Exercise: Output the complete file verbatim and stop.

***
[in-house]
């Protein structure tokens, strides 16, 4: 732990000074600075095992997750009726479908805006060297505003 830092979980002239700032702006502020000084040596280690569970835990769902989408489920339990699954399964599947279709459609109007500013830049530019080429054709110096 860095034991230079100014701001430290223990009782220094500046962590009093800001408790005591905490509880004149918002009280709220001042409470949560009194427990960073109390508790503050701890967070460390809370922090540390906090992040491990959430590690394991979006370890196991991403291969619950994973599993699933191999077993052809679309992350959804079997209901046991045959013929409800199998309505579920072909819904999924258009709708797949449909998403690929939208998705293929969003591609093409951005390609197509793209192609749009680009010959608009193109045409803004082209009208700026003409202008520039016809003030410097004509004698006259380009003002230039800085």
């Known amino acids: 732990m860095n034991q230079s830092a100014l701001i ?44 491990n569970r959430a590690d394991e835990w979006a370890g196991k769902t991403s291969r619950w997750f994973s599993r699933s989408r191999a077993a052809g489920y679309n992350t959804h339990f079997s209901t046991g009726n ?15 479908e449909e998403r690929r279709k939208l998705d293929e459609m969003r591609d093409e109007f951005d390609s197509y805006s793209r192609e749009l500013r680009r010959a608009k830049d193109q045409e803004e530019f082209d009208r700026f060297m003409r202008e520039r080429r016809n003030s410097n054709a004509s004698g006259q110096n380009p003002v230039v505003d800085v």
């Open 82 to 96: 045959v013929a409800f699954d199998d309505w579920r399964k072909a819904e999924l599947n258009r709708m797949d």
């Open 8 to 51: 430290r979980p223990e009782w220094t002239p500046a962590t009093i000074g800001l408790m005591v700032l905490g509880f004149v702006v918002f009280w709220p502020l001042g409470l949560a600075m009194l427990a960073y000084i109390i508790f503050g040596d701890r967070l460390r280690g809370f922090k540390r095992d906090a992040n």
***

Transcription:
[in-house]
């Protein structure tokens, strides 16, 4: 732990000074600075095992997750009726479908805006060297505003 830092979980002239700032702006502020000084040596280690569970835990769902989408489920339990699954399964599947279709459609109007500013830049530019080429054709110096 860095034991230079100014701001430290223990009782220094500046962590009093800001408790005591905490509880004149918002009280709220001042409470949560009194427990960073109390508790503050701890967070460390809370922090540390906090992040491990959430590690394991979006370890196991991403291969619950994973599993699933191999077993052809679309992350959804079997209901046991045959013929409800199998309505579920072909819904999924258009709708797949449909998403690929939208998705293929969003591609093409951005390609197509793209192609749009680009010959608009193109045409803004082209009208700026003409202008520039016809003030410097004509004698006259380009003002230039800085």
């Known amino acids: 732990m860095n034991q230079s830092a100014l701001i ?44 491990n569970r959430a590690d394991e835990w979006a370890g196991k769902t991403s291969r619950w997750f994973s599993r699933s989408r191999a077993a052809g489920y679309n992350t959804h339990f079997s209901t046991g009726n ?15 479908e449909e998403r690929r279709k939208l998705d293929e459609m969003r591609d093409e109007f951005d390609s197509y805006s793209r192609e749009l500013r680009r010959a608009k830049d193109q045409e803004e530019f082209d009208r700026f060297m003409r202008e520039r080429r016809n003030s410097n054709a004509s004698g006259q110096n380009p003002v230039v505003d800085v």
């Open 82 to 96: 045959v013929a409800f699954d199998d309505w579920r399964k072909a819904e999924l599947n258009r709708m797949d």
């Open 8 to 51: 430290r979980p223990e009782w220094t002239p500046a962590t009093i000074g800001l408790m005591v700032l905490g509880f004149v702006v918002f009280w709220p502020l001042g409470l949560a600075m009194l427990a960073y000084i109390i508790f503050g040596d701890r967070l460390r280690g809370f922090k540390r095992d906090a992040n």